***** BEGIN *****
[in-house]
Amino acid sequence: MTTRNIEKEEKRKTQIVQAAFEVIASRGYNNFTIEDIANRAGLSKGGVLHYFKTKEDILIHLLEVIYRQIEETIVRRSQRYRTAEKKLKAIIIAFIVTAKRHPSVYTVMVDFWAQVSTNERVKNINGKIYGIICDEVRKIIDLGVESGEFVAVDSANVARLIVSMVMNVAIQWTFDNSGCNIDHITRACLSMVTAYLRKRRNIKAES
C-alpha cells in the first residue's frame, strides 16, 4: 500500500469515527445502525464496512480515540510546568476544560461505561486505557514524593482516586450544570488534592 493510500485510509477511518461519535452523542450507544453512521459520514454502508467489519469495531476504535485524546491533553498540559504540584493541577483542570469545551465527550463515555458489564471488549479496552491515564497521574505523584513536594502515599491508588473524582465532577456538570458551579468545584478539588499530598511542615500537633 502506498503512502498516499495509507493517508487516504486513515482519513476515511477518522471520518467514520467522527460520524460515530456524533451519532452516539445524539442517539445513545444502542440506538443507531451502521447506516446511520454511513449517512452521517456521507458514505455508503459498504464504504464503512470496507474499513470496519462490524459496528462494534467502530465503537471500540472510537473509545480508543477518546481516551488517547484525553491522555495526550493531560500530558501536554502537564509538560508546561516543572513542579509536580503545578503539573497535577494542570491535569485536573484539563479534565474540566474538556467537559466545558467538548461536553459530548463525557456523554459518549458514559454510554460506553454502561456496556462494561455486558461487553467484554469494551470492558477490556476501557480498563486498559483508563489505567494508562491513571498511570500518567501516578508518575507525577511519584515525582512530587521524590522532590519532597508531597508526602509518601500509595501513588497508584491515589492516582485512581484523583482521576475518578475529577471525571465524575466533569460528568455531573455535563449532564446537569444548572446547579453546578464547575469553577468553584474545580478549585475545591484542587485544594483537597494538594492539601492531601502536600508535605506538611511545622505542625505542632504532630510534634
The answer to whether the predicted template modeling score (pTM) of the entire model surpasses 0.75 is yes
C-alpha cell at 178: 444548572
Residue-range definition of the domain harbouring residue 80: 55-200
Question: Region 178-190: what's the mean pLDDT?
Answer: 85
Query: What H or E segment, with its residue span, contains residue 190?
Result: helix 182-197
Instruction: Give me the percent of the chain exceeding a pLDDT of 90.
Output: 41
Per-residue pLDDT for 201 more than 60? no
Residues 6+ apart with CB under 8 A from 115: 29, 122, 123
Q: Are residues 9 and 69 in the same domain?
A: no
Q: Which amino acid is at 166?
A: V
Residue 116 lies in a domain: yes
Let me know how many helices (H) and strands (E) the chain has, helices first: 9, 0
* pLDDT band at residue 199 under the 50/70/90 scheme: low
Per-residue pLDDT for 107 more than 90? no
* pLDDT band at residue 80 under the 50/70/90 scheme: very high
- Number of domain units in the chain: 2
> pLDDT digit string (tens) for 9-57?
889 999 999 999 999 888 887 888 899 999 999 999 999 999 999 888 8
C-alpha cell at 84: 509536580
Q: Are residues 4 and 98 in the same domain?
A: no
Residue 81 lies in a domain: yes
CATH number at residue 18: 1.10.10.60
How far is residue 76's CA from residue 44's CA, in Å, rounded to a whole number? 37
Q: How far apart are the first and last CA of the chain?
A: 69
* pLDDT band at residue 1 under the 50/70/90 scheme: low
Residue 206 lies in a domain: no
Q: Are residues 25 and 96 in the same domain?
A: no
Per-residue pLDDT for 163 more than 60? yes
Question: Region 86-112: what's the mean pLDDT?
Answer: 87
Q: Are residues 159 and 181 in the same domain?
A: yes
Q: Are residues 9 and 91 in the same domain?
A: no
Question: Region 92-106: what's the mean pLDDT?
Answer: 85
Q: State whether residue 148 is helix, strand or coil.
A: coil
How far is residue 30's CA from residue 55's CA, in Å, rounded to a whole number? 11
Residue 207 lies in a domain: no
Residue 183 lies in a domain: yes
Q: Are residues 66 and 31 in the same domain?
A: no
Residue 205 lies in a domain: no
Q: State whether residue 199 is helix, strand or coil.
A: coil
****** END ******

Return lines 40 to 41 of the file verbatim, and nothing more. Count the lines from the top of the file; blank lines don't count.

Question: Region 86-112: what's the mean pLDDT?
Answer: 87